Apparently the degree of entanglement between distinct vacuum states falls off as the distance between them. But perhaps this can be inverted, so that the concept of distance could be seen as an emergent proxy for the degree of entanglement.



The 50 minute lecture is 'aimed at undergraduates who haven't necessarily yet taken a quantum mechanics course'. If you are such, Carroll's talk will be as compelling as a presentation on Summa Theologica from Thomas Aquinas.

On the other hand, a passable familiarity with Hilbert space, quantum superposition and the Schrödinger equation plus a hand-wavy feel for QFT and Einstein's field equations will allow you to properly appreciate Carroll's approach to physics (and would make you a physics graduate).

In a nutshell, it's believe in the maths. Once you appreciate the ubiquity of superposition (ie, it's everywhere) you're kind of committed to the reality - in some sense - of Hilbert space. The observed phenomena simply can't be explained by theories which restrict themselves to our classical-looking 4D spacetime.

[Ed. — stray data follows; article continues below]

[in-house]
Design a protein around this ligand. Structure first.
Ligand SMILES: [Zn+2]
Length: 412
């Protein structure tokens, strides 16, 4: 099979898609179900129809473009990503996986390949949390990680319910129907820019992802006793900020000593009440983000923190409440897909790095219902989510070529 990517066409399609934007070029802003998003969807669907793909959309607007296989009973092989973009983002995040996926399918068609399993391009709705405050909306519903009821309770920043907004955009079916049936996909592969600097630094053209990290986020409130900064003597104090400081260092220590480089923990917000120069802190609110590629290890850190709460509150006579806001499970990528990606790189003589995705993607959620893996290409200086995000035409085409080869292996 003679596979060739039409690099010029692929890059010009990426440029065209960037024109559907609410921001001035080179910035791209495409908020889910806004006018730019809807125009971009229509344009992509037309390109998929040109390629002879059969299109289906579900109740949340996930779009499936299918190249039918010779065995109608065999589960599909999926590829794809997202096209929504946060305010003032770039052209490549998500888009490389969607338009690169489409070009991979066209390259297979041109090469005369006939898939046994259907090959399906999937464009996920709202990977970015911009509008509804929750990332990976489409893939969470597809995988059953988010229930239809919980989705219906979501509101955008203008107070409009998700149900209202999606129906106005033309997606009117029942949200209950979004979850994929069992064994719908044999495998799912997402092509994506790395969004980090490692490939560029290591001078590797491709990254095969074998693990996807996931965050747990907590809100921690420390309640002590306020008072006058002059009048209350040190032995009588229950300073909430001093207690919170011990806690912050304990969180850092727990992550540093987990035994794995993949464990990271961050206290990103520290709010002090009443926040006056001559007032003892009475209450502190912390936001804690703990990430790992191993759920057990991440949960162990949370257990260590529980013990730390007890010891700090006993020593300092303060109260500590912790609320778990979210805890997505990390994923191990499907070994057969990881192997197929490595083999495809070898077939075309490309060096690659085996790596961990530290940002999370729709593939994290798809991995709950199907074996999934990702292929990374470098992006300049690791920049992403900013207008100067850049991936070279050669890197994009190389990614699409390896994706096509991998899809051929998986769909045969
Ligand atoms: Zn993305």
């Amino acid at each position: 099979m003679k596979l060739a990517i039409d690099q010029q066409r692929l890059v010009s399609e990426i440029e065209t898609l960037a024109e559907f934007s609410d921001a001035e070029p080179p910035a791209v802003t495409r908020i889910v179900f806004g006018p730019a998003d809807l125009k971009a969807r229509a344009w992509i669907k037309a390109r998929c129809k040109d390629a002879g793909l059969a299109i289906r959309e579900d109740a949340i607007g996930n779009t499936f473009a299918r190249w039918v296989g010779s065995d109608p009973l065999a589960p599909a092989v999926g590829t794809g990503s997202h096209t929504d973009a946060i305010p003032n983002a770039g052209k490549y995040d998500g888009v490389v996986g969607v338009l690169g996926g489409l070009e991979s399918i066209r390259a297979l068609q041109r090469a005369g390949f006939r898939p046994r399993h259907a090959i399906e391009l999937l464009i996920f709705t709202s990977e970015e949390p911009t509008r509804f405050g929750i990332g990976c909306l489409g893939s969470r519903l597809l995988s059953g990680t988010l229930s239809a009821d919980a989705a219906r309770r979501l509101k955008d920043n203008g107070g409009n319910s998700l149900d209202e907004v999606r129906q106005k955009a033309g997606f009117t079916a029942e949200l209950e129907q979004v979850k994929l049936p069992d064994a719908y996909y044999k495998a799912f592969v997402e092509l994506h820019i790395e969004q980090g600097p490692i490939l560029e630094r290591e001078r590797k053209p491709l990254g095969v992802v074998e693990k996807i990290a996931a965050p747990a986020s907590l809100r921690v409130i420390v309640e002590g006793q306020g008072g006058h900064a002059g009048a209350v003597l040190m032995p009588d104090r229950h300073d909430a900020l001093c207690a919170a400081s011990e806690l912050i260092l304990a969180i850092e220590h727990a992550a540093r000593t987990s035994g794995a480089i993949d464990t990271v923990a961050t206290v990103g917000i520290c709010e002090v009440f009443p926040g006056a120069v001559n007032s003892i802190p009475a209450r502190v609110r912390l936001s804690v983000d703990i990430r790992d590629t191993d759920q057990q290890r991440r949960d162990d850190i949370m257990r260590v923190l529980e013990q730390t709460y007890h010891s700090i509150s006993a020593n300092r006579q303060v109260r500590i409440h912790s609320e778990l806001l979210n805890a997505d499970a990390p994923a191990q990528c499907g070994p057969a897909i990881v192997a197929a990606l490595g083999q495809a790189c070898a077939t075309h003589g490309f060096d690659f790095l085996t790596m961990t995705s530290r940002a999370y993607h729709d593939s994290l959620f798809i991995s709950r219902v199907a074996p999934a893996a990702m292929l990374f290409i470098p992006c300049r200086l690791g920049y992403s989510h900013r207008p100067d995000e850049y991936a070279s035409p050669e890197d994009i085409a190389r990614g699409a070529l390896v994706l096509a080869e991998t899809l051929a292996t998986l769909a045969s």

Carroll's talk is not technical in argumentation, he mentions rather than uses the theoretical apparatus of modern physics. That does put the burden of getting his drift wholly on the theoretical preparation of the listener of course.

In the final part of his lecture, he describes the research programme which seeks to obtain geometry from entanglement in quantum field theories via entropy and then, through considerations of energy, to reconstruct the GR field equations as the classical limit.

He seems encouraged, though this is work-in-progress.

Wednesday, October 11, 2017

1917-2017: the collapse of the revolutionary left